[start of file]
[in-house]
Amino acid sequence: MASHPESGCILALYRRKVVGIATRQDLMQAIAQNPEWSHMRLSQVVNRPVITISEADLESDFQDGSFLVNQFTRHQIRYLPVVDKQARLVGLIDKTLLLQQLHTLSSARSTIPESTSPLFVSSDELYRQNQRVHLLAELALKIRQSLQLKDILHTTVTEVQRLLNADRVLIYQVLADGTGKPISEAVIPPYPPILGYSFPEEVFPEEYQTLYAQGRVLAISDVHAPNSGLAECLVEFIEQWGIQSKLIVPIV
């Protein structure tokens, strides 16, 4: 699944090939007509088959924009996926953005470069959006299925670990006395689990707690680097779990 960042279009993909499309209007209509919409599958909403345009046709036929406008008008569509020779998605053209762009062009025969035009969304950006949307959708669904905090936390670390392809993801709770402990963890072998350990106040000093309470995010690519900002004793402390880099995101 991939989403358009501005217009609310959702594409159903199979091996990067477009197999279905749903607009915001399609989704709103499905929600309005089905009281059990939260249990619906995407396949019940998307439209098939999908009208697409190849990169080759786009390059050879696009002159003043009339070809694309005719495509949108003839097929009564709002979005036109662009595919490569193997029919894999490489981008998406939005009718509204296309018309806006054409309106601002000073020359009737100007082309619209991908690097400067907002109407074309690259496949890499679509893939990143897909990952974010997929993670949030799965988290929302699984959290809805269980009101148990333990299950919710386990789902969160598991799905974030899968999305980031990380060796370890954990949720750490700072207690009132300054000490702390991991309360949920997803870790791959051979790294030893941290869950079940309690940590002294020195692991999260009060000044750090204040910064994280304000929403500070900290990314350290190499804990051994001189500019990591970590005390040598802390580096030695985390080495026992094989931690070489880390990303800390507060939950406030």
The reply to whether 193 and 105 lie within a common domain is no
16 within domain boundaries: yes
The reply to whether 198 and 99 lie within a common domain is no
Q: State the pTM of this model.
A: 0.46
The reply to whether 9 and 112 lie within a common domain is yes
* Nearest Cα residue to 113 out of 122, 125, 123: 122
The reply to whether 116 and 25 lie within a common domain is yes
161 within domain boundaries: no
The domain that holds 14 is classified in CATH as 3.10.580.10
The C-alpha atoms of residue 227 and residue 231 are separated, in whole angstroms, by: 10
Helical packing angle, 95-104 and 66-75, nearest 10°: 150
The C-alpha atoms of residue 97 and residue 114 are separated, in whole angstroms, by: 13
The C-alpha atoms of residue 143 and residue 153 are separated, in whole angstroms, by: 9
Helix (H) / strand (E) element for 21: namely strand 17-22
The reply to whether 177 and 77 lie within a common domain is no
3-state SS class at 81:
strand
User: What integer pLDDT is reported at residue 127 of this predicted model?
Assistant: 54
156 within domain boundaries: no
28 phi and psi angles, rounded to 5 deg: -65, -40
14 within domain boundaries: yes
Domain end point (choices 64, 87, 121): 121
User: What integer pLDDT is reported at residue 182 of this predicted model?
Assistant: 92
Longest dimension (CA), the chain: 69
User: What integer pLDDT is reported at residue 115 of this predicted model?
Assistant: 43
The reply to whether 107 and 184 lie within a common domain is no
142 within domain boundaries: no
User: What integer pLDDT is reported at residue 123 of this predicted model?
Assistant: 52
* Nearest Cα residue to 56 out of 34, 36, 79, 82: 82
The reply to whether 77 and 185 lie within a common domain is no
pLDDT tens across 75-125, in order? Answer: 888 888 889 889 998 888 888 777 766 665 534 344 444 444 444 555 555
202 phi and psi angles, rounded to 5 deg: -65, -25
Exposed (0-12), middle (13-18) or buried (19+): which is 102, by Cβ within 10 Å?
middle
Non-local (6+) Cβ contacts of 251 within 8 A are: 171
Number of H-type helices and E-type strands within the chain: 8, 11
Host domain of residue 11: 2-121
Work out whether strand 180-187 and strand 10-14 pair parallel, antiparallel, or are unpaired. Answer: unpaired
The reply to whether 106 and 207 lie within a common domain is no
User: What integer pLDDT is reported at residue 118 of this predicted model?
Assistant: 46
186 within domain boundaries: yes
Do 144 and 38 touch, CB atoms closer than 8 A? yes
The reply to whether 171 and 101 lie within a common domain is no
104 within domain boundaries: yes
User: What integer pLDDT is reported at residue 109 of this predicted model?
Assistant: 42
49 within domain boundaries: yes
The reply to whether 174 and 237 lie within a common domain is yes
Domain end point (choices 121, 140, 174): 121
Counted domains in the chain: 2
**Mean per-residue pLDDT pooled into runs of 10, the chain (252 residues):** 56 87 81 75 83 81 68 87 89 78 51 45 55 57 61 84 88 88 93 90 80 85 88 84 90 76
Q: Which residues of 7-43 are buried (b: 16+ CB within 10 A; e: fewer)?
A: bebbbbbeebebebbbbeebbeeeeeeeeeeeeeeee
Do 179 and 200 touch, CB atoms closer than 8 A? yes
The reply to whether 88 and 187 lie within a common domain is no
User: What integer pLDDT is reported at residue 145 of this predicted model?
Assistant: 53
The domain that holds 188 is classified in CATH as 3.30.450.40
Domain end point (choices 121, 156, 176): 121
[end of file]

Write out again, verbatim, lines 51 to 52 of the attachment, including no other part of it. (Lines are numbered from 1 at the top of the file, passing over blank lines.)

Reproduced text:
Do 144 and 38 touch, CB atoms closer than 8 A? yes
The reply to whether 171 and 101 lie within a common domain is no